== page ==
By complicating binaries of departures/arrivals – inside/outside that situate “authentic” Italian culture exclusively within the confines of the modern Italian nation state, the interviews provide an additional resource for studies that aim to capture the complex realities of global mobilities. The interviews complicate an assimilationist logic that might otherwise circumscribe as static processes of integration and loss onto Italian American and, more broadly, Italian diasporic histories, showing how migratory movements often result in states of perennial mobility and inherited feelings of displacement. As scholars have shown, individuals or families may often spend extended periods of time in different places but do not ever settle in any one location. The collection houses several stories that indicate multiple passages across the Atlantic as well as stories of unintended permanence brought on by unexpected events, and the interviews therefore highlight the uncertainties and “incompleteness” that accompany migration experiences. In addition, stories of moving “up and out” of urban spaces follow a trajectory from Manhattan, to the Bronx to the burbs, and thus allow scholars to trace continuities in migratory movements. These stories also manifest the upward economic and social prosperity that was facilitated by a widening of and increased acceptance into dominant, U.S. colonial settler “white” culture. In Carl Calò and in Catherine Cesa’s stories, the families move from the Lower East Side, to East Harlem, to the Bronx and then out to Long Island in otherwise disparate trajectories that begin, for Calò, near Agrigento and, for Cesa, in Parma. Furthermore, in noting different regional languages, cultural practices and identities, the interviews reveal the heterogeneity of “Italians” in migrant/diasporic spaces that are often outwardly constructed as homogenous centers and ongoing sources of an Italian mono-culture. The interviews about the Belmont neighborhood shared by Catherine Cesa, from Parma, and Theodora Farrell, from Carrara, work against mono-nationalistic narratives about the self-titled “Little Italy of the Bronx.”

In addition to deconstructing the master narrative of Italian mono-nationalism, our work also engages the archive of our sister project, Bronx African American History Project (BAAHP, for short), which houses over 300 interviews and has been running since 2002. Studying these oral histories emphasizes the dynamics of inter-ethnic, transcultural exchange that are often at play in our study of networks of cultural institutions that shaped and sustained neighborhood change in the Bronx in the twentieth century. In the BAAHP collection, Sylvia Carr’s interview describes the same neighborhood in which Carl Calò grew up from an African American point of view, while Regina Hartfield’s story bears witness to the experience of growing up in Belmont in the 1960’s, a time in which racial violence against Black Americans was devastating urban communities. Encounters between the oral histories of both archives present rich sites of cultural, racial, ethnic and transnational exchange, and we have drawn on them as resources in teaching and in mentoring student research, which we regularly feature on our social media feeds through Facebook and Instagram. In aiming to cultivate, through scholarship and teaching a deeper awareness of racial and power dynamics, we draw on the differently raced perspectives of the BAAHP archive to invite complexity while examining the processes through which individuals remember and reconstruct their life histories in contexts of race and inter-ethnic relations.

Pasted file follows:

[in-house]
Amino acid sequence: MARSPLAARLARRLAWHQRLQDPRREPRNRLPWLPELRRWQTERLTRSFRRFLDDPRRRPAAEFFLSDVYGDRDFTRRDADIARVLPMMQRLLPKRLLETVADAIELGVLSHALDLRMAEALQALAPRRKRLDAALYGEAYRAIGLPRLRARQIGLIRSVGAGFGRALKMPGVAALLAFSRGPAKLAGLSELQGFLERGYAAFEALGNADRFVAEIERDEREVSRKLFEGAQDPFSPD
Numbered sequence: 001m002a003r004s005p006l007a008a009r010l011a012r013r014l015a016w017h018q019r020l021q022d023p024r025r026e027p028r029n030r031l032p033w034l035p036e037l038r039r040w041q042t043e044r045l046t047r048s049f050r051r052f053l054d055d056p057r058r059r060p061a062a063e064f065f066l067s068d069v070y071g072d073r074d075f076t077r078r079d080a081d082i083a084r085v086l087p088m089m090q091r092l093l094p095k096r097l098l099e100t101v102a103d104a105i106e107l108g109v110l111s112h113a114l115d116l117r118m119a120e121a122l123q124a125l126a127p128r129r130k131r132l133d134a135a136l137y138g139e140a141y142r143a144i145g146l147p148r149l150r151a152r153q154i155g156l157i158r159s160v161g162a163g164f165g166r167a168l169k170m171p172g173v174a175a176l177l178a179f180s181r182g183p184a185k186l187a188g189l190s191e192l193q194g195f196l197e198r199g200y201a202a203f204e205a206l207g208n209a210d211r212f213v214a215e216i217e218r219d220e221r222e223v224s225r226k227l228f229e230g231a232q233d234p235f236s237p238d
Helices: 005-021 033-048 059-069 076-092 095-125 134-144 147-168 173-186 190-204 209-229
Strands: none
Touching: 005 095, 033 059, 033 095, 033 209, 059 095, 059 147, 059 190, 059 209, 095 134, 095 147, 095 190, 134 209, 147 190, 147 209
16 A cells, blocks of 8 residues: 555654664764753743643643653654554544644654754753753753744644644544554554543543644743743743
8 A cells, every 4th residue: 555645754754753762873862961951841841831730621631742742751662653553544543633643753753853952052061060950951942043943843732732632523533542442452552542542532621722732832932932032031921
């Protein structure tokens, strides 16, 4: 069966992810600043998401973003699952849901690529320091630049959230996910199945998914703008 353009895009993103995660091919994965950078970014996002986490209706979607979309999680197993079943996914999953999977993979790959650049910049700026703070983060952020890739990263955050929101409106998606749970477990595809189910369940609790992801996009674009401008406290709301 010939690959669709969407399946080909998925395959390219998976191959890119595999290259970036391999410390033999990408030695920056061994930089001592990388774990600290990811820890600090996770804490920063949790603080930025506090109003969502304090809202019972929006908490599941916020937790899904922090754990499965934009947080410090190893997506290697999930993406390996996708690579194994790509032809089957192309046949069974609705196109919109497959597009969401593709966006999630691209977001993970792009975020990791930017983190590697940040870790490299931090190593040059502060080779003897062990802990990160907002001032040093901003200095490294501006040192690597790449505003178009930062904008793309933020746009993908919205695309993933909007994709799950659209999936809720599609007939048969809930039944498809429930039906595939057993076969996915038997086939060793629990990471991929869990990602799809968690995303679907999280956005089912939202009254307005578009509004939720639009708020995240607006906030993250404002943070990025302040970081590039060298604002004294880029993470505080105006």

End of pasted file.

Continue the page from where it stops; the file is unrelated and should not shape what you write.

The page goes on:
Interviews cited

Carr, Sylvia. Interview with the Bronx African American History Project. BAAHP Digital   

   Archive at Fordham University.

Hartfield, Regina. Interview with the Bronx African American History Project. BAAHP Digital

   Archive at Fordham University.

Calò, Carl, Frank Calò and Salvatore Civitello. Interview with the Bronx Italian American  

   History Initiative. BIAHI Digital Archive at Fordham University.

Cesa, Catherine. Interview with the Bronx Italian American History Initiative. BIAHI Digital

   Archive at Fordham University.

Farrell, Theodora. Interview with the Bronx Italian American History Initiative. BIAHI Digital  

   Archive at Fordham University.

Tinari, Frank. Interview with the Bronx Italian American History Initiative. BIAHI Digital

   Archive at Fordham University.